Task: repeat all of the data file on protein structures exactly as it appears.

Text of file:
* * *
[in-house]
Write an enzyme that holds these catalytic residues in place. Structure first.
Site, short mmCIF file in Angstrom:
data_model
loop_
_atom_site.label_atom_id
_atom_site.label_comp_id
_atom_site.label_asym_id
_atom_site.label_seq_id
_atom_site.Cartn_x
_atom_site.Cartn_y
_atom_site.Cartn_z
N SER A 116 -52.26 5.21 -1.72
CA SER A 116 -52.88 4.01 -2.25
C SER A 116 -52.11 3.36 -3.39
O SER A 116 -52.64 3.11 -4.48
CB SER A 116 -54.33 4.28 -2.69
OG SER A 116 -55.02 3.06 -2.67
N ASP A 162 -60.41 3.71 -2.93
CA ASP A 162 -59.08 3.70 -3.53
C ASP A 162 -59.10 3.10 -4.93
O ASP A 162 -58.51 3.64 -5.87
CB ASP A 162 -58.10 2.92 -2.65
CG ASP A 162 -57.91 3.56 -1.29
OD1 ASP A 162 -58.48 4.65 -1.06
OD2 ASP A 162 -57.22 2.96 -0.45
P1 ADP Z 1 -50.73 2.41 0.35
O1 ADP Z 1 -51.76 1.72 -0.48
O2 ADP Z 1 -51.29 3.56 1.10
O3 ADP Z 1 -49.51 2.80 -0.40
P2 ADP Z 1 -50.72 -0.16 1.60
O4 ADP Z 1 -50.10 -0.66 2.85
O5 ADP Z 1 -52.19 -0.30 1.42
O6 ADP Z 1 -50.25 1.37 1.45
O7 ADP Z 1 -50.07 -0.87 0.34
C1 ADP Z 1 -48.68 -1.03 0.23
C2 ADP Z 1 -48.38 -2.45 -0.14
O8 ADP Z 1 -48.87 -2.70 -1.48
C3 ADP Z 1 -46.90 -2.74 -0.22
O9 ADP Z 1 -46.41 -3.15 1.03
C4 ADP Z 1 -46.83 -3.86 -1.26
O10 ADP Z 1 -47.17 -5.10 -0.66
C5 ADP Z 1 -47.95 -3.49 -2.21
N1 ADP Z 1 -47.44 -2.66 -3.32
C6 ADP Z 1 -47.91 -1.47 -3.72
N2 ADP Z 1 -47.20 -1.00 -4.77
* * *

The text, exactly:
[in-house]
Write an enzyme that holds these catalytic residues in place. Structure first.
Site, short mmCIF file in Angstrom:
data_model
loop_
_atom_site.label_atom_id
_atom_site.label_comp_id
_atom_site.label_asym_id
_atom_site.label_seq_id
_atom_site.Cartn_x
_atom_site.Cartn_y
_atom_site.Cartn_z
N SER A 116 -52.26 5.21 -1.72
CA SER A 116 -52.88 4.01 -2.25
C SER A 116 -52.11 3.36 -3.39
O SER A 116 -52.64 3.11 -4.48
CB SER A 116 -54.33 4.28 -2.69
OG SER A 116 -55.02 3.06 -2.67
N ASP A 162 -60.41 3.71 -2.93
CA ASP A 162 -59.08 3.70 -3.53
C ASP A 162 -59.10 3.10 -4.93
O ASP A 162 -58.51 3.64 -5.87
CB ASP A 162 -58.10 2.92 -2.65
CG ASP A 162 -57.91 3.56 -1.29
OD1 ASP A 162 -58.48 4.65 -1.06
OD2 ASP A 162 -57.22 2.96 -0.45
P1 ADP Z 1 -50.73 2.41 0.35
O1 ADP Z 1 -51.76 1.72 -0.48
O2 ADP Z 1 -51.29 3.56 1.10
O3 ADP Z 1 -49.51 2.80 -0.40
P2 ADP Z 1 -50.72 -0.16 1.60
O4 ADP Z 1 -50.10 -0.66 2.85
O5 ADP Z 1 -52.19 -0.30 1.42
O6 ADP Z 1 -50.25 1.37 1.45
O7 ADP Z 1 -50.07 -0.87 0.34
C1 ADP Z 1 -48.68 -1.03 0.23
C2 ADP Z 1 -48.38 -2.45 -0.14
O8 ADP Z 1 -48.87 -2.70 -1.48
C3 ADP Z 1 -46.90 -2.74 -0.22
O9 ADP Z 1 -46.41 -3.15 1.03
C4 ADP Z 1 -46.83 -3.86 -1.26
O10 ADP Z 1 -47.17 -5.10 -0.66
C5 ADP Z 1 -47.95 -3.49 -2.21
N1 ADP Z 1 -47.44 -2.66 -3.32
C6 ADP Z 1 -47.91 -1.47 -3.72
N2 ADP Z 1 -47.20 -1.00 -4.77